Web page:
How Do You Compose a Chronology?
Simply put, a chronology is a sequential list of events (historical incidents, personal achievements & milestones, public policy developments, etc.) that took place according to the dates. The earliest happening is recorded first while the most recent one comes at the end.
Chronologies are used for different purposes. In legal matters, you may need one to organize your thoughts and give your attorney every little bit of your side of the story.
Writing a Chronology
Being thorough and accurate is essential to drafting a proper chronology. The material you provide to your lawyer might be used by them to file a complaint with the court, prepare answers to possible questions from the defendant's attorney in discovery, etc. In other words, your written chronology can play a vital role in making or breaking your case before a jury. So, to make sure your chronology of events is on point, follow the tips below.
Your attorney will use the raw data from the chronology to build your case in front of a jury, in court documents, and legal correspondence. Rectifying basic mistakes about the "where," "when," and "why" of an event can weaken your case in the eyes of both the judge and jury.
You're advised to get everything organized before penning the chronology. Scrutinize all available documents (cell phone bills, email files, bank records, datebook, meeting notes, tax returns, phone conversation transcripts, etc.) before you sit down to write.
Analyze every word and try to read between the lines on every page. Writing the chronology will be simple once you have all these records organized and the information fully extracted!
Understand What Information Your Lawyer Needs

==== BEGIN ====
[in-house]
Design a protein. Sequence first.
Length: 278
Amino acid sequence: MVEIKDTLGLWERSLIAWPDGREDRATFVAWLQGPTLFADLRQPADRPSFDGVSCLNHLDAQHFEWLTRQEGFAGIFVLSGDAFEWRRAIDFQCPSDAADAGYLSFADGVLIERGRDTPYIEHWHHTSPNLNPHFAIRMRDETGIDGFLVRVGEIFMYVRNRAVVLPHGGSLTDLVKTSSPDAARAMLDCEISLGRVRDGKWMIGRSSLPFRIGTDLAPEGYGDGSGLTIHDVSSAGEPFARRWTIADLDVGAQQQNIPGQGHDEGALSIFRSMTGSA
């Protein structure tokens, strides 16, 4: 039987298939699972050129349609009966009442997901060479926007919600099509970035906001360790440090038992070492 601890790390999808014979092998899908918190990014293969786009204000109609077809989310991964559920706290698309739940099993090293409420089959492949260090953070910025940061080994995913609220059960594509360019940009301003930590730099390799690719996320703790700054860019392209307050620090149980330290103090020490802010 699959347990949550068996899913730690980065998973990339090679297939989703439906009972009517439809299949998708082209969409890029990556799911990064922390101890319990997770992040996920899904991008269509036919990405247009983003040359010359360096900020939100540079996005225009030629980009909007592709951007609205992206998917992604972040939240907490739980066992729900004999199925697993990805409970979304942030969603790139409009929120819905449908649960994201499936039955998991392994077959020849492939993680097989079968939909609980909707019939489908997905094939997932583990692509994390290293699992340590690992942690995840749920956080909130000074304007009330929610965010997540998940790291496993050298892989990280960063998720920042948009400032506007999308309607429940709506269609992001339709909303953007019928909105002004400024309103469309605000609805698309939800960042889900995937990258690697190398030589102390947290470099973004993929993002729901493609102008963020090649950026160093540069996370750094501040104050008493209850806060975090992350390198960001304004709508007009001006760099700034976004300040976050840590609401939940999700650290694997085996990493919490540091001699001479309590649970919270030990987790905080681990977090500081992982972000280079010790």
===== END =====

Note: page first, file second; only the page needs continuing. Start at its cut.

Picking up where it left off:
Depending on what your case is about, the information needed by your attorney will vary. It's essential to have a detailed discussion to know what they need from you in the chronology document. For instance,
- In a divorce settlement, the basics include marriage date, cohabitation date, birthdays of children (if any), date of separation, date of buying/selling of any significant assets (house, car, etc.);
- For a land boundary dispute, your lawyer will first need the property acquisition dates of all involved parties. Other necessary info includes previous ownership details (names, dates, etc.) for each piece of land, the date of putting up a fence or boundary around a disputed area, etc.
- During a contract standoff, important information includes the dates of all meetings and phone calls between the involved parties, the dates any contracts were drafted and/or signed on, the exact circumstances under which a contract was signed or agreed upon, etc.
Your attorney won't be able to do much with a vague description of events. Be very specific!
For example, don't make claims like "I always put family before career." Instead, say something along the lines of “In March 2020, I took a 20% pay cut so I could be home by 3 PM every day to tend to my children when they got back from school.”
Fill the Gaps
You may not have every paper record available. Moreover, remembering exact dates for every event is improbable unless you have a photographic memory. In such cases, you can tell your lawyer the approximate time when something happened. For instance, you can say that something happened a couple of weeks before you left that job at XYZ Company in mid-July 2018.